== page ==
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Return of the Chantry
I’m still here; I had the ill luck to fall… ill last week (abed Wednesday and Thursday), and spent the long weekend either doing Greek lemmatisation, or socialising. I’ve tried combining the two, it doesn’t work.
I’ve opened up my Greek linguistics blog, in reaction to a post my friend George forwarded me. I don’t think I’ll post there anywhere near as much as I should to relieve my conscience; but it’s something.
A post that’s been waiting to be written a very long time: h/t Steve Benen at Washington Monthly (I’ve remained addicted to American politics after my three years living there; everything was so much larger than life about politics Stateside), I too note the arrival of Information Age Prayer, A New And Exciting Way To Connect With God:
Information Age Prayer is a subscription service utilizing a computer with text-to-speech capability to incant your prayers each day. It gives you the satisfaction of knowing that your prayers will always be said even if you wake up late, or forget.
We use state of the art text to speech synthesizers to voice each prayer at a volume and speed equivalent to typical person praying. Each prayer is voiced individually, with the name of the subscriber displayed on screen.
Yeah. Of course, having read a history of the Reformation once, I immediately realised that we’ve seen thing kind of thing before. That fine institution in Western Europe that eventually gave rise to the University, but started out as the Chantry college. Where state of the art monastic prayer consultants were used to voice prayers for noblemen as a subvention service, giving them the satisfaction of knowing that their time in purgatory would keep getting shortened even if they woke up dead—but not forgotten.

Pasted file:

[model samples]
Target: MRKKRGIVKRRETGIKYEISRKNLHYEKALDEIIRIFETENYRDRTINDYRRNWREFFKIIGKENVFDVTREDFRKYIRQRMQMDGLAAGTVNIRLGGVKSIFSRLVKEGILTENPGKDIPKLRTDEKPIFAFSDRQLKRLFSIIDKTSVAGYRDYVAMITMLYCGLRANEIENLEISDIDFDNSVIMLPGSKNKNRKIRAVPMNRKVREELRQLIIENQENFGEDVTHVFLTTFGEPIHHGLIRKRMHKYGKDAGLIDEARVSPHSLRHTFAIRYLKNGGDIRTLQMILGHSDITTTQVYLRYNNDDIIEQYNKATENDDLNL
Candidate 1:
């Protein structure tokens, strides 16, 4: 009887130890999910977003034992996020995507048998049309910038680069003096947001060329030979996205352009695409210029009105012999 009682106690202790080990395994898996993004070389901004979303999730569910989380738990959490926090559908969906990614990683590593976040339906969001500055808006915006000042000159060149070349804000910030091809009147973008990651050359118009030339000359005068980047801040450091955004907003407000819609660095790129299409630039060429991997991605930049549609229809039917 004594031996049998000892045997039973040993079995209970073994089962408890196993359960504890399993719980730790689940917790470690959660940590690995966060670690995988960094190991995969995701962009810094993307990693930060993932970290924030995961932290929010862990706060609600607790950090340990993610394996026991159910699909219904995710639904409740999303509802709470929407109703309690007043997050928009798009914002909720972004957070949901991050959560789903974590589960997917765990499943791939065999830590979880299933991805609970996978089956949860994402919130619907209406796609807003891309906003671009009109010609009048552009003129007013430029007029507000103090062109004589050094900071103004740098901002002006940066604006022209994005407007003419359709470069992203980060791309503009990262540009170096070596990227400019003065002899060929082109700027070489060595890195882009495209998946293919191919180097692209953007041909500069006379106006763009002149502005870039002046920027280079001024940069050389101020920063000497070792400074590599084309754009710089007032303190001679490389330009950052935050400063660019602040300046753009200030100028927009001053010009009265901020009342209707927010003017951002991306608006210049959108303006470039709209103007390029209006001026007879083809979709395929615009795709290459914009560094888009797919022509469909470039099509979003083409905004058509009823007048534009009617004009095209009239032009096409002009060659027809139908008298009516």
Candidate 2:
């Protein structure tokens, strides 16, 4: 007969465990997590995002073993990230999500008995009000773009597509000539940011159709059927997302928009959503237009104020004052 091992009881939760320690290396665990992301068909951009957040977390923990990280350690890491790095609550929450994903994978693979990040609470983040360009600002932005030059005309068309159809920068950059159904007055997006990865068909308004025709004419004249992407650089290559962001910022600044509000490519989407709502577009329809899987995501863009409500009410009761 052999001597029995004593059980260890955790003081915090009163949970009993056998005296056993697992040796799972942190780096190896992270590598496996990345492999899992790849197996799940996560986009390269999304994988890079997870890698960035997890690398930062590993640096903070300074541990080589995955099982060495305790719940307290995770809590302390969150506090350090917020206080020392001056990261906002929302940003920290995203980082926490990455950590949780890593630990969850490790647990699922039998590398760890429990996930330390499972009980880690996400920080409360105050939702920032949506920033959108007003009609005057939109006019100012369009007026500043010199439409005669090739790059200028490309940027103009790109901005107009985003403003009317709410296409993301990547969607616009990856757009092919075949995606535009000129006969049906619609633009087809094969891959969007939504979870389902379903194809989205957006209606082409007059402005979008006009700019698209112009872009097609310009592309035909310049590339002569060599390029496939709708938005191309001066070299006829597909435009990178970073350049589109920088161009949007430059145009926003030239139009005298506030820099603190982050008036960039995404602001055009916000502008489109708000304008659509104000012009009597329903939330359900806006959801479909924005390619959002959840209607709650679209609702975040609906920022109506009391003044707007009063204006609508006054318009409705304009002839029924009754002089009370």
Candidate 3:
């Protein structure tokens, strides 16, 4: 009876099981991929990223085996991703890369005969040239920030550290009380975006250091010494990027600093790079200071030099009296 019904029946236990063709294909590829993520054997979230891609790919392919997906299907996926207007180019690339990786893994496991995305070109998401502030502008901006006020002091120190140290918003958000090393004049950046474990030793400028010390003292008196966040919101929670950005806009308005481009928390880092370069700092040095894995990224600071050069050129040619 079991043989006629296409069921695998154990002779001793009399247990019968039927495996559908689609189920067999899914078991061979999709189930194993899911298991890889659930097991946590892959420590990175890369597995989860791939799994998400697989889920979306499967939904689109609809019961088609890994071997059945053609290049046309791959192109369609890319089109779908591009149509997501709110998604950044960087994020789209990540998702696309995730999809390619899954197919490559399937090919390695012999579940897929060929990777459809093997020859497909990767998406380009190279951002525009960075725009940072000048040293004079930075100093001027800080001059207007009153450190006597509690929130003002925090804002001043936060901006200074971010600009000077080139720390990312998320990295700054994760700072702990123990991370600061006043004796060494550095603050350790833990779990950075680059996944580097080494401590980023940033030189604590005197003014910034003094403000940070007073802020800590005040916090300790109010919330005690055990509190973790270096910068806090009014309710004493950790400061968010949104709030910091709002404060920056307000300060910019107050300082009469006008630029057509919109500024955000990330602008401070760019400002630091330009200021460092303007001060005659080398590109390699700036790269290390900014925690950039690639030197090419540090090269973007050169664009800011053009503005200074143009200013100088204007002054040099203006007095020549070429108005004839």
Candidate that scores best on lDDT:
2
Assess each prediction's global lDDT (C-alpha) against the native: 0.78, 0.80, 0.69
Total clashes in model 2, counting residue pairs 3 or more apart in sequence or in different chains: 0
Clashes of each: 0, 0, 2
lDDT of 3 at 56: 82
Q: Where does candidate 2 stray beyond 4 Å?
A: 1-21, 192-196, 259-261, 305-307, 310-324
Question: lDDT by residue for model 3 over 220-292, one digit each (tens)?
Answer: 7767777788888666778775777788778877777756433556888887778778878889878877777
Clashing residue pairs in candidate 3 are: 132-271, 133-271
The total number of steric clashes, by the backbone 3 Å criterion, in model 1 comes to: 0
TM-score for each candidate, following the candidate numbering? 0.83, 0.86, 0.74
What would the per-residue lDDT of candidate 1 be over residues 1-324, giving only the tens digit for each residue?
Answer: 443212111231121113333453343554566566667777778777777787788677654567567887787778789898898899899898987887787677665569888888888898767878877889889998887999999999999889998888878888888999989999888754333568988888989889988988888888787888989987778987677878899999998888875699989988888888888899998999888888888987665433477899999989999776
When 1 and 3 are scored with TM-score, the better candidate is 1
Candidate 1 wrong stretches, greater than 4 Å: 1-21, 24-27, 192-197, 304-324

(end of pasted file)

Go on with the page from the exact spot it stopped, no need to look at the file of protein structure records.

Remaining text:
Assorted wisdom of the interwebs, has any wayfarer before me made the connection between Information Age Prayer and Chantries? Why yes. Someone has:
Ah, it’s like the Reformation never happened – let’s open up the chantries and get some serious industrial praying going!
Also, I want my dog-saint back.
posted by jb at 12:46AM UTC on March 26, 2009
Le Woof. Speaking of the Catholic Church, I went to a christening Sunday (at a time of year which that moiety of Christendom which does not stick to a 2000 year old system to calculate its lunar calendar calls Easter Sunday, and the moiety which does calls Palm Sunday). Not having been to a lot of Catholic services, and not really having gotten the Vatican II memo, I was surprised at how, well, relaxed the whole service was. Hippy guitar songs in the voice of Jesus (1st person), congregants in shorts and T-shirts, lay ministers, no incense or bell, no rood screen. (I told you I didn’t get the Vatican II memo; in fact, not even the Council of Trent memo, since that’s how long ago the Catholics did away with them.) If the priest wasn’t wearing an alb (and the Powerpoint with the Hippy guitar song lyrics hadn’t spelled הַלְלוּיָהּ as Allelulia), I wouldn’t have clicked that the service was Catholic. I didn’t know that there was diversity of liturgic practice in Australian Catholicism; I assumed it was as top-down as the moiety I grew up in…
I wasn’t the target audience of course, and the congregation were very happy with how welcoming and friendly the Mass was. Me, I was missing the sense of awe that comes from having a priest who’s not on speaking terms with the congregation. But that’s neither an unalloyed good, nor an inevitable outcome. (And again, I’m not the target audience, so I don’t get a vote.)